Blame Zeus – Seethe Review

Blame Zeus - Seethe 01Should we give alternative metal another chance? The nebulous umbrella term that could be defined as any mixture of metal and popular contemporary music has never made many friends among die-hard metalheads, with the spawning of nu-metal considered the nadir of the scene at large. But if we disregard the stains of the posturing rap machismo, there’s nothing inherently bad about alternative metal. Generally speaking, it’s often got muscly, infectious riffs, vocal hooks for days, and a bass presence other genres could learn from. It’s the opposite of trve and kvlt, but elitism had always been a dead end. The only thing that often irritates me greatly about alternative metal is the high levels of either emo or tough-guy bluster. So what if we replace that with a fantastic set of bronzed female vocals and a subtle dusting of prog? That’s when we get Blame Zeus.

I’ve pretty much given away what to expect of Blame Zeus1 in the intro paragraph. Therefore, the thick, chuggy riffs that kick off opener “How to Successfully Implode” won’t come as a surprise. The vocals will, however, as no short description will do justice to Sandra Oliveira’s voice. Her performance is the standout of the album; rock-solid technical skill, passionate delivery and effortlessly badass with her smooth, powerful contralto. The seductively simple arrangements certainly help a great deal as well, especially on the first couple of tracks. The opener’s chorus is one big whirling hook, and follow-up “Déjà Vu” has an addictive poppiness that reminds of the better The Great Discord tracks.

The initial simplicity in writing is gradually embellished with touches of the progressive, first notable on the more restrained “Down to the Bones” which features Rui Duarte of RAMP, which relaxes into a more free-form composition towards the end. From here on, the band strikes a great balance between infectious hooks (the grim “Bloodstained Hands” a prime example, as well as hard-hitting single “No”) and more experimental territory (“White,” “Into the Womb”). Sometimes the exploration hits an awkward spot, such as the weird toying with timing on closer “The Crown and the Gun,” but largely the band nails their tightrope act, and never more so than they do on the beautiful “The Warden.” The track opens up similar to Tool’s “Disposition” but bursts into a cascade of grief, anger, and farewell, Oliveira leading the charge with her affectionate vibrato.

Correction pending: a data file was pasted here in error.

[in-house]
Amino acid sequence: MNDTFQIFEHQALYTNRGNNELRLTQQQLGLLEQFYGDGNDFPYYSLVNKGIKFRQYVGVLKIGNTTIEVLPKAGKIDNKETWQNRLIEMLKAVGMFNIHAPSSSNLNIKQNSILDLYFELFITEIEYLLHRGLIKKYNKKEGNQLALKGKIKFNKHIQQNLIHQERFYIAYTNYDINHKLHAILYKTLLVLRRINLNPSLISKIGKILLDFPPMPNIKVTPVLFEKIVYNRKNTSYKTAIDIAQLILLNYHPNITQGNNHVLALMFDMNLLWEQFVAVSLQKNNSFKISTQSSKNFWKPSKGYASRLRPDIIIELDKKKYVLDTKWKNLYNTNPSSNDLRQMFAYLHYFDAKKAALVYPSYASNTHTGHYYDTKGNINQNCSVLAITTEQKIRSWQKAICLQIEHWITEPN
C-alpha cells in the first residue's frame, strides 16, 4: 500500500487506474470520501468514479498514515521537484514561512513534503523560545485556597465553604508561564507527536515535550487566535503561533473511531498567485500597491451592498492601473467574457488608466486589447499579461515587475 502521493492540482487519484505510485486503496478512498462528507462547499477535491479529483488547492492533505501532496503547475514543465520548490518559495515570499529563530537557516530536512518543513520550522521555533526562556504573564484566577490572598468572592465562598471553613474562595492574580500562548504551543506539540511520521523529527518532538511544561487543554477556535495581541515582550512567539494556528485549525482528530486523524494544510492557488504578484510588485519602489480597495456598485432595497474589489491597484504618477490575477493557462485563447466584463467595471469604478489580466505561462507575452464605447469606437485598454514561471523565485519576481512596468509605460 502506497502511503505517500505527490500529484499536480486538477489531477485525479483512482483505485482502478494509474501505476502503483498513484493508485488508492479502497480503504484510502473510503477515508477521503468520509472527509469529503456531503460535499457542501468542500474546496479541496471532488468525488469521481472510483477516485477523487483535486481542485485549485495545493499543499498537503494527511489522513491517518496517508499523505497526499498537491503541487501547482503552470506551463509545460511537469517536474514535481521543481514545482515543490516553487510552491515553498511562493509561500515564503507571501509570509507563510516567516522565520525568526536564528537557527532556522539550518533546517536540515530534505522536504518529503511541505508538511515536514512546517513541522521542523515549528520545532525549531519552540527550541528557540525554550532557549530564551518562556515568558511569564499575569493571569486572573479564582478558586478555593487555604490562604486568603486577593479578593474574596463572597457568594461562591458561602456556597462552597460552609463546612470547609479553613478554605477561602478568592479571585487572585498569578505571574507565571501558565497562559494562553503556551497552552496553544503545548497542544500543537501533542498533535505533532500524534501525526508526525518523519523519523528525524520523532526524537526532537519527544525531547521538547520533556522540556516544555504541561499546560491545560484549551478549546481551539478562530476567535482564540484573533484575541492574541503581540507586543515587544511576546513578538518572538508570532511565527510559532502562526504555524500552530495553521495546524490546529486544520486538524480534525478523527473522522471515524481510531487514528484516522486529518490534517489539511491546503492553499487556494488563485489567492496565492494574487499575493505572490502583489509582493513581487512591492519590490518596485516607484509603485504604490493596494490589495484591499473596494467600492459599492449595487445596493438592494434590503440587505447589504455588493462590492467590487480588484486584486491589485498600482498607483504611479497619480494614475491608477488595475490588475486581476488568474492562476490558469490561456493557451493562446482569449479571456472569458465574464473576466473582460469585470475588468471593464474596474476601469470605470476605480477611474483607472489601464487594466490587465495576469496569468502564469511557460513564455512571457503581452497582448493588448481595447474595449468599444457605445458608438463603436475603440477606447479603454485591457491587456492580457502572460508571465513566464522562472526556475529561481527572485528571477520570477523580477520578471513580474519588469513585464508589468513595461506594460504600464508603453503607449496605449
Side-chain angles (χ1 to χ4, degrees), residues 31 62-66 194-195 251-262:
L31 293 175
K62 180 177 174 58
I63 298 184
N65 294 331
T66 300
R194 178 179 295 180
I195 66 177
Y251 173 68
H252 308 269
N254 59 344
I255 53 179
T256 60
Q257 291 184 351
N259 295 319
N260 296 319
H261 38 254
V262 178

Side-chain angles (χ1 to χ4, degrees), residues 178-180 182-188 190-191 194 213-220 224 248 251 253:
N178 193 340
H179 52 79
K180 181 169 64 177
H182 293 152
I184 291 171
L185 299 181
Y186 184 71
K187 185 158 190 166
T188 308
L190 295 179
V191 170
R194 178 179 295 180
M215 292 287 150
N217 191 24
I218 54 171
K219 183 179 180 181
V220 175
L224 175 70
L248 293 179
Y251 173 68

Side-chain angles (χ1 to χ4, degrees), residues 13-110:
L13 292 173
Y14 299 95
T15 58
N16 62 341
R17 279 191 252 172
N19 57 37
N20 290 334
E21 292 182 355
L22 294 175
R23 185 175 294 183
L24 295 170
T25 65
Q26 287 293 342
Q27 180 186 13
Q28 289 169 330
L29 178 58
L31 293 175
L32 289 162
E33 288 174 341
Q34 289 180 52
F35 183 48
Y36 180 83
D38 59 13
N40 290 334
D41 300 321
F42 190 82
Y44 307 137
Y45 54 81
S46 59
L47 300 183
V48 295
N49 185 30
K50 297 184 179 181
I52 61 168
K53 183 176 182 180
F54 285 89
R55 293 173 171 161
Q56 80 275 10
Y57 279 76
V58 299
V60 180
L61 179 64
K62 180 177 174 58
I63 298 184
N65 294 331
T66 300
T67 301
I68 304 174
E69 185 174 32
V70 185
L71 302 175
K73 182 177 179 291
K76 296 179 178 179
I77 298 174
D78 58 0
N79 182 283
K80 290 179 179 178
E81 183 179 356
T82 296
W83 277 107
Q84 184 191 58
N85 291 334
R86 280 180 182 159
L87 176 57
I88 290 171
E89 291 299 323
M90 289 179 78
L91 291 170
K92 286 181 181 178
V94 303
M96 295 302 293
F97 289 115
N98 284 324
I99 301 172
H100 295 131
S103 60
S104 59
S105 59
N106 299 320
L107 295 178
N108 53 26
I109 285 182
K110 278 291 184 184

Blame Zeus - Seethe 02

All of this is accomplished with excellent musicianship and not a trace of the usual alt-metal faux-bravado. The music is easily absorbed yet doesn’t make you crave something more substantial thanks to the dusting of prog. The drums deserve particular mention: vibrant and hard-hitting, they avoid the easy way out and bring an extra bit of depth. It makes up a little for the under serving of the bass in the mix, which is a damn shame, as I feel it could have brought an excellent additional layer to the table. Other than that, the production is largely serviceable, if a tad loud. I do think the band can still make strides there, but thankfully it stops well short of brickwalled.

I’ve made the case for pop-metal before. There’s merit in contrasting against the usual doom and gloom and superlative complexity of the day with bright and melodious music, and forgetting about whether something is ‘true’ enough, whatever that means. This ain’t the same thing, but it touches on some of the same subjects, considering pop and alternative have a similar bitter taste for most metalheads. But despite the easy, chuggy hooks and hard rock sound, I don’t think anyone will be embarrassed about spinning Seethe at home. The songwriting on here is sturdy and addictive, with the subtle prog embellishments raising it to the next level, and all the performances are solid, with Oliveira’s vocals the shining core that elevates the album further. Blame Zeus make alternative great again.

Rating: 3.5/5.0
DR: 6 | Format Reviewed: 320 kbps mp3
Label: Rockshots Records
Websites: |
Releases Worldwide: November 8th, 2019

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  1. I have to say, I love that band name, especially considering Zeus usually was indeed to blame in most Greek myths.
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